Ohio FFA members told to defend their dreams

What a full-house loooks like!

COLUMBUS — More than 7,000 members and guests attended the State FFA Convention May 1-2 at the Ohio Expo Center. And, although they were mostly dressed the same — in their blue and gold FFA jackets — each person represented a unique dream and a unique personality.

That became most clear during a speech by motivational speaker Harriet Turk, of Memphis, Tenn. She challenged the crowd to dance to various songs, including the hit Y.M.C.A. The number of ways students responded showed their diversity.

Her point was that people should be comfortable with who they are and the things that make them unique.

“When people start to push you down  — and they will — when people start to make fun of who you are … and they’re going to … when people start to tell you (that) you can’t do stuff that you want, you’ve got to rise up and you’ve got to get fierce,” Turk said.

By “fierce,” she said students need to defend their own dreams and tell their adversaries: “This ain’t your dream!’”

Defend yourself

If students want to be respected, they need to first learn to respect themselves and stand up for who they are.

“If you don’t stand up for yourselves, if you don’t honor and respect who you are, why should anyone else,” she said.

Turk also talked about what it takes to see a dream become a reality.

She said motivational speakers always talk about the power of “believing and achieving,” but that in reality, believing is only part of the equation. Successful people also need knowledge and skills, and must take action. But, she went a step further by admitting that even if all of those things are in place, success is still not a guarantee.

“Sometimes you’re going to follow the most beautiful action plan and you’re going to do all the right things and you’re still not going to win, and you have to learn to deal with it, because life is about balance, it’s about winning and losing,” she said.

Song writing

During a second keynote speech, Perry County musician and song writer Cliff Cody talked about the years of work he has put into developing songs, and how he waited 16 years to hear his first song on the radio in 2012.

“Don’t be afraid to dream really, really big but also have the work ethic that’s going to help you reach that dream,” he said.

IMG_1222He has a daughter who will soon be in FFA and he said he looks forward to the life-lessons that FFA will teach her. He sang various Country Music songs during the convention, mostly dealing with how choices and decisions impact one’s life.

He said young people need to surround themselves “with people who are going to improve you and who are going to encourage you,” because the consequences are real, and can last a lifetime.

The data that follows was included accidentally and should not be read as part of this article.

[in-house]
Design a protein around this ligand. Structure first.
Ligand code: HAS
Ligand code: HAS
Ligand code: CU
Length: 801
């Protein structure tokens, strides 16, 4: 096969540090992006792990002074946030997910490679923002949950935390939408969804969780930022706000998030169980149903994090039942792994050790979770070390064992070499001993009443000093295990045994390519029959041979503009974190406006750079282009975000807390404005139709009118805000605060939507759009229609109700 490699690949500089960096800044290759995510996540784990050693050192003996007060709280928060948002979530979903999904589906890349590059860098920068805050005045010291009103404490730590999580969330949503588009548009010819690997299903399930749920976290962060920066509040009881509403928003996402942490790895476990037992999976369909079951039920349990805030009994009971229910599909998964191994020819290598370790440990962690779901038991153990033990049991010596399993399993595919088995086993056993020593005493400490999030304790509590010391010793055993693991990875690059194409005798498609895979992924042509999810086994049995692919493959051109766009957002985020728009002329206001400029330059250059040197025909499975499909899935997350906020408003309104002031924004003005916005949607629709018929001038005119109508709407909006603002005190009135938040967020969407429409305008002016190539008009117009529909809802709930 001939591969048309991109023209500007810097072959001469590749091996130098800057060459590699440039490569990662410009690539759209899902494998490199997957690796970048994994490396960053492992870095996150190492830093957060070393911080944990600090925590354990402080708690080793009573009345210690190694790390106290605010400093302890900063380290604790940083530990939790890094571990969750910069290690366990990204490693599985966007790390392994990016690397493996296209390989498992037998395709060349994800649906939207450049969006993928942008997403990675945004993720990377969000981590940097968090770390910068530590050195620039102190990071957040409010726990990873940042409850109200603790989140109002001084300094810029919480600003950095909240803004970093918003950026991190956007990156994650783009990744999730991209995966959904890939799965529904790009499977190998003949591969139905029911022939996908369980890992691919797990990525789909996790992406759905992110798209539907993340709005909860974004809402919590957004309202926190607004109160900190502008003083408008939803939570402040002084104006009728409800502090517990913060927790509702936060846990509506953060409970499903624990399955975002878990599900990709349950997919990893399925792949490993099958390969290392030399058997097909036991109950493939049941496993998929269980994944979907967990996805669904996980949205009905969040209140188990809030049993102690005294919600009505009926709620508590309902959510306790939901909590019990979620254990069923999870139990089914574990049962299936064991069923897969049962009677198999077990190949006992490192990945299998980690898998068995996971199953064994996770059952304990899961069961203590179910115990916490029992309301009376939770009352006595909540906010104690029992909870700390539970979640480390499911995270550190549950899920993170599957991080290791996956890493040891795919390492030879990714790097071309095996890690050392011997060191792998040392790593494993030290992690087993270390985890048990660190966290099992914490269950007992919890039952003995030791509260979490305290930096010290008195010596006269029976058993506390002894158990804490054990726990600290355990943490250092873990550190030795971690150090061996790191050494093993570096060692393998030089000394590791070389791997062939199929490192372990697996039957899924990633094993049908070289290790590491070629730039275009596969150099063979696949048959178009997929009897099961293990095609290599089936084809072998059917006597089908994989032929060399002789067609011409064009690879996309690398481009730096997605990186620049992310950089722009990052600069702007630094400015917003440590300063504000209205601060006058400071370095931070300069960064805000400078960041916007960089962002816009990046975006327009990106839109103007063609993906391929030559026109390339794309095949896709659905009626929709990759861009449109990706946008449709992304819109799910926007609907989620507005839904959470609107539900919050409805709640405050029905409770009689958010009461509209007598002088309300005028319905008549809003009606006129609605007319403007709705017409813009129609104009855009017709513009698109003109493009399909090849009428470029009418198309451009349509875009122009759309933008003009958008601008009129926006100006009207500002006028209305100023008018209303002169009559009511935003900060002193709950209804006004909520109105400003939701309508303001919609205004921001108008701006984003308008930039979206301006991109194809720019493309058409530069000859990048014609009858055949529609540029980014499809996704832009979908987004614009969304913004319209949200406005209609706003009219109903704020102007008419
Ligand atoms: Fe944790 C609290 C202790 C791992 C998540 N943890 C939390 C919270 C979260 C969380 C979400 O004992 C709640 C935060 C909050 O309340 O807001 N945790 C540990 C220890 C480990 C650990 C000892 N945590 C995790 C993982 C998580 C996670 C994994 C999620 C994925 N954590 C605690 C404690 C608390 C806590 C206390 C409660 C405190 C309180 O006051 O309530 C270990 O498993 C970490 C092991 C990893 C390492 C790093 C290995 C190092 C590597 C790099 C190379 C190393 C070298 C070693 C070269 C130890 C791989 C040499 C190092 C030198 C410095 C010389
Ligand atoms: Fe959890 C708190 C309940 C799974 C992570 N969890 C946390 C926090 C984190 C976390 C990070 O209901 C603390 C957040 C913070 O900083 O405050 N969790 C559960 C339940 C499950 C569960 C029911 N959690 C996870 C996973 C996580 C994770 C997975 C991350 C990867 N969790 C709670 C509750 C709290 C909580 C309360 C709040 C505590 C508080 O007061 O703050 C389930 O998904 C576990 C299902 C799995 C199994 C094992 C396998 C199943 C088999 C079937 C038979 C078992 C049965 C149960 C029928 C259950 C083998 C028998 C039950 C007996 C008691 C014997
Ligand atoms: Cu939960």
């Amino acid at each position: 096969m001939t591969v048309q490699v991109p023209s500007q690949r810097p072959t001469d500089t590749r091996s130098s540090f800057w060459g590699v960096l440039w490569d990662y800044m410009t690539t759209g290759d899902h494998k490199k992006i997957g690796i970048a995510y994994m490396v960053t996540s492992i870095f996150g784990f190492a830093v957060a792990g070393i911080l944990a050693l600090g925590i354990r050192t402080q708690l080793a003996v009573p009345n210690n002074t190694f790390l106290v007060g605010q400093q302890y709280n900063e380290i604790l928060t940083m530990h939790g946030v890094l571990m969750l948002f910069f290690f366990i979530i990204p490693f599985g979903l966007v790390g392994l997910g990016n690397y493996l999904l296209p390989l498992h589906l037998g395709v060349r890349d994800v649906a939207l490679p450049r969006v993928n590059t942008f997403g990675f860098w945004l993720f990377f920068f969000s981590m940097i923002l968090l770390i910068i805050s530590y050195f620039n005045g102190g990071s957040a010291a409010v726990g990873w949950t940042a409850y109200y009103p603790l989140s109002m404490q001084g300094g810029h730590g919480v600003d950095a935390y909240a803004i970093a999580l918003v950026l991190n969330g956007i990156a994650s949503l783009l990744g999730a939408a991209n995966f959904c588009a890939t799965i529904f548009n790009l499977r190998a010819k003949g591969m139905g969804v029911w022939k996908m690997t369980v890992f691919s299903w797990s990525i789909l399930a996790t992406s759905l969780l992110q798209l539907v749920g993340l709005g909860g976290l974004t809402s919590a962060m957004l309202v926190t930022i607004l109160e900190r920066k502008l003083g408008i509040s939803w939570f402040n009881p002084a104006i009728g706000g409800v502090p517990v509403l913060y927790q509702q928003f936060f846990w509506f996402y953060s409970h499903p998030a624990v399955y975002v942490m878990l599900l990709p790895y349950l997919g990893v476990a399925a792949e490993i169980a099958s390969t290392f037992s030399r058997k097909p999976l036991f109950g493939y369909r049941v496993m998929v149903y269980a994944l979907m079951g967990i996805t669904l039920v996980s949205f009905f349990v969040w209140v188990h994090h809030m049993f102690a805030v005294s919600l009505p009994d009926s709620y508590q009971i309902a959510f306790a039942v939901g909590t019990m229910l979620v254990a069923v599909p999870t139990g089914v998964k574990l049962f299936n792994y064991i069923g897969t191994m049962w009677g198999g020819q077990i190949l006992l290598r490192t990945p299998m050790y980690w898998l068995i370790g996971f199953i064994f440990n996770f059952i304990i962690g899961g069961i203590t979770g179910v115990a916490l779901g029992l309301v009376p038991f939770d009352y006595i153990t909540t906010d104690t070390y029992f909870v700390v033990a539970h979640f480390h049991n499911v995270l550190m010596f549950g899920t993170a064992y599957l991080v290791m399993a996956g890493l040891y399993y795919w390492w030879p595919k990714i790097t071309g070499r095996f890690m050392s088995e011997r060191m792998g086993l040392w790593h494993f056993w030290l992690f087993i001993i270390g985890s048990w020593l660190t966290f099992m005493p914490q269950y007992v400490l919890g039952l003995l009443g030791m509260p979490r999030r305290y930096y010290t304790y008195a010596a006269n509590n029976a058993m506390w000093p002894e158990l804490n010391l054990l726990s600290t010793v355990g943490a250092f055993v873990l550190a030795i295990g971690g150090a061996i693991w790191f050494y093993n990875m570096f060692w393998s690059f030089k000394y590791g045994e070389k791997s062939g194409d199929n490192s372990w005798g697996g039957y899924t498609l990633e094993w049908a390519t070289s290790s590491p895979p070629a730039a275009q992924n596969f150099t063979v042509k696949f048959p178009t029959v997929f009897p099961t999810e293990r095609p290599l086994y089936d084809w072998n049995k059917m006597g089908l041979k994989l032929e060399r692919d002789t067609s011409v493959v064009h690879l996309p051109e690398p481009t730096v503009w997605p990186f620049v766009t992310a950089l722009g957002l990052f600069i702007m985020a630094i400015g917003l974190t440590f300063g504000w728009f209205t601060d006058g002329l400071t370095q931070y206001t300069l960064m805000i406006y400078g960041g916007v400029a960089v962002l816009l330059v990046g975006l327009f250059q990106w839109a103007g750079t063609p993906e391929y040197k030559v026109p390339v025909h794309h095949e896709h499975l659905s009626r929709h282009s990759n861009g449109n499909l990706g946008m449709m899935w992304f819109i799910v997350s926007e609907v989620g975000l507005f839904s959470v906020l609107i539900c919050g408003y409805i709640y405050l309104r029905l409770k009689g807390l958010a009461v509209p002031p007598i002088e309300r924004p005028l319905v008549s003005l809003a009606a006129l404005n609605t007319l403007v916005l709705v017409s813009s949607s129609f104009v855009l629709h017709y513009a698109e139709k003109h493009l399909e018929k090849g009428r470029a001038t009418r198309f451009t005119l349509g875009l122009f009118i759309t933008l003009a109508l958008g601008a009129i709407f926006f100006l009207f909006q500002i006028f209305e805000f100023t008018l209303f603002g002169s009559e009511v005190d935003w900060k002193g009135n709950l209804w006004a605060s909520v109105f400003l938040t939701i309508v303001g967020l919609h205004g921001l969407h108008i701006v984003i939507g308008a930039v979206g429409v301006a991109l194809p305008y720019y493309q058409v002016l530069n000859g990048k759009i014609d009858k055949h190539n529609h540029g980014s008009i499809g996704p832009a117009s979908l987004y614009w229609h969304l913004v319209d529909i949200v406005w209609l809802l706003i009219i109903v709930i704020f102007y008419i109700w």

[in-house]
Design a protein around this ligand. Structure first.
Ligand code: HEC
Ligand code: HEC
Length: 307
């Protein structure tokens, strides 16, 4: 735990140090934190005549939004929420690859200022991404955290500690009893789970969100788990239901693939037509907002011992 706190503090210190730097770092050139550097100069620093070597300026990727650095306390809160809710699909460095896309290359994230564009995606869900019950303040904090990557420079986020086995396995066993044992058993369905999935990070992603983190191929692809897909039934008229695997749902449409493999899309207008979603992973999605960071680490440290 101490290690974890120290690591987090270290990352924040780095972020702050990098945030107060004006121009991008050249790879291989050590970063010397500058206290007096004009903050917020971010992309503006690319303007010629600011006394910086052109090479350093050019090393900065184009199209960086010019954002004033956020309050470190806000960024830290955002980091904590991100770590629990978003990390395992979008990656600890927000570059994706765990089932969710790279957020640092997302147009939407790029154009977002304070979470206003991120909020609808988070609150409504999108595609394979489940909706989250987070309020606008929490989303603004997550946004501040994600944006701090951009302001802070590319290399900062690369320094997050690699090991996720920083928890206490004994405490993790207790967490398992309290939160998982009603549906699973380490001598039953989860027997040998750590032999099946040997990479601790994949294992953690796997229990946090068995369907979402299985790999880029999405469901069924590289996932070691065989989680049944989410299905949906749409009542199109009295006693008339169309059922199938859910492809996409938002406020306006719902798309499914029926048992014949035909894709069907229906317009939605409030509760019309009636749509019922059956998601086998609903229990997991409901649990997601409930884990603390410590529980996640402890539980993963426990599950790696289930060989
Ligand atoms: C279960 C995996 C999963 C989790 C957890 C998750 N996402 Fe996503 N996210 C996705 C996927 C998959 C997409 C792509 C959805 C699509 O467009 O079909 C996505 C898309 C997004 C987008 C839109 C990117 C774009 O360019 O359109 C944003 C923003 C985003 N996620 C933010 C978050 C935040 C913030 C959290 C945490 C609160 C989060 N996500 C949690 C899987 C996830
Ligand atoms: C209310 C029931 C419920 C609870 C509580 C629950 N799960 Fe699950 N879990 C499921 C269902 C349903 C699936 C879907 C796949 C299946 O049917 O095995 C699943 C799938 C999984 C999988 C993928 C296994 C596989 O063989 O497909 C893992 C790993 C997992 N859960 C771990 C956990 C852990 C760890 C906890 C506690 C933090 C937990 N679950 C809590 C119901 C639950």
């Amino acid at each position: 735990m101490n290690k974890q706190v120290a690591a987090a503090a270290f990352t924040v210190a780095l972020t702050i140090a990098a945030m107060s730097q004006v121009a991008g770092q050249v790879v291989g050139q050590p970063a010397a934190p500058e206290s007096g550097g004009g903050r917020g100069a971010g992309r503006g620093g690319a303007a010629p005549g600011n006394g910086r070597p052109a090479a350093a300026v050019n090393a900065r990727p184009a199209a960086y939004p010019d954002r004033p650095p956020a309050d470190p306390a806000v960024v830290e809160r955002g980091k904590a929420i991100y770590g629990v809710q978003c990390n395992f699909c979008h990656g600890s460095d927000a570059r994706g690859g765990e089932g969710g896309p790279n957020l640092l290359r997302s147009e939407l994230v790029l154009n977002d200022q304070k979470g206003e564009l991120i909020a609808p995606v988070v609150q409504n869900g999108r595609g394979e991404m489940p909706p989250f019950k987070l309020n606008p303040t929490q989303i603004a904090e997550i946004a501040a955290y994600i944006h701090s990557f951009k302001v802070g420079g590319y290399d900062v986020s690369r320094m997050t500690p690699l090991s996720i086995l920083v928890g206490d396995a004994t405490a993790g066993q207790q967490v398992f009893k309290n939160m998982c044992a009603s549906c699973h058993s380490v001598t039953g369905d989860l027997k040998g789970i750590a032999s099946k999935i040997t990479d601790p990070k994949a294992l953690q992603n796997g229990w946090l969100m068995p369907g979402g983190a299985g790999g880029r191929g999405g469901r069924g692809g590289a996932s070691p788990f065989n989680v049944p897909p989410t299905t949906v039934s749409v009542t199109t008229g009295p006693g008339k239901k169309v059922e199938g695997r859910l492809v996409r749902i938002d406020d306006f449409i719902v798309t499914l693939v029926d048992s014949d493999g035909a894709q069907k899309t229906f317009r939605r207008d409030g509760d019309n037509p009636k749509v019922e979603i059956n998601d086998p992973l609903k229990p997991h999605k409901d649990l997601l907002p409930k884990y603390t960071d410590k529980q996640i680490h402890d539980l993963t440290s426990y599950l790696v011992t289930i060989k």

The majority of the convention, which was the 86th in Ohio, was spent recognizing contest winners, FFA supporters and proficiency achievements.

New funding

The FFA once again made significant donations to charities, totaling nearly $35,000 to Children’s Miracle Network Hospitals, and nearly $13,600 to CROP Church World Service.

During a leadership luncheon May 1, award-winning FFA members heard from Ohio Department of Agriculture Director David Daniels.

Sponsor's luncheon.
Sponsors’ luncheon.

He presented a $38,000 check to the Ohio FFA Association. The funding, provided by the Ohio Rural Rehabilitation fund, will support the 2014 Agricultural and Rural Community Outreach Program.

This program helps local FFA chapters finance community development projects.

“We are proud to support a program that allows students to participate in local development projects, teaching them the value of giving back to their communities while gaining experience as agricultural leaders,” he said. “It’s an experience we hope that keeps youth interested and involved in the agriculture industry as they look towards future careers.”

Last year, 13 local FFA chapters were awarded funding for projects in a variety of areas including agriculture and emergency safety training, agricultural science, animal welfare, and targeting hunger needs of school children and rural populations.

Local FFA Chapters receive grant funds ranging from $750 to $2,500. This year’s grant winners will be announced later this month.

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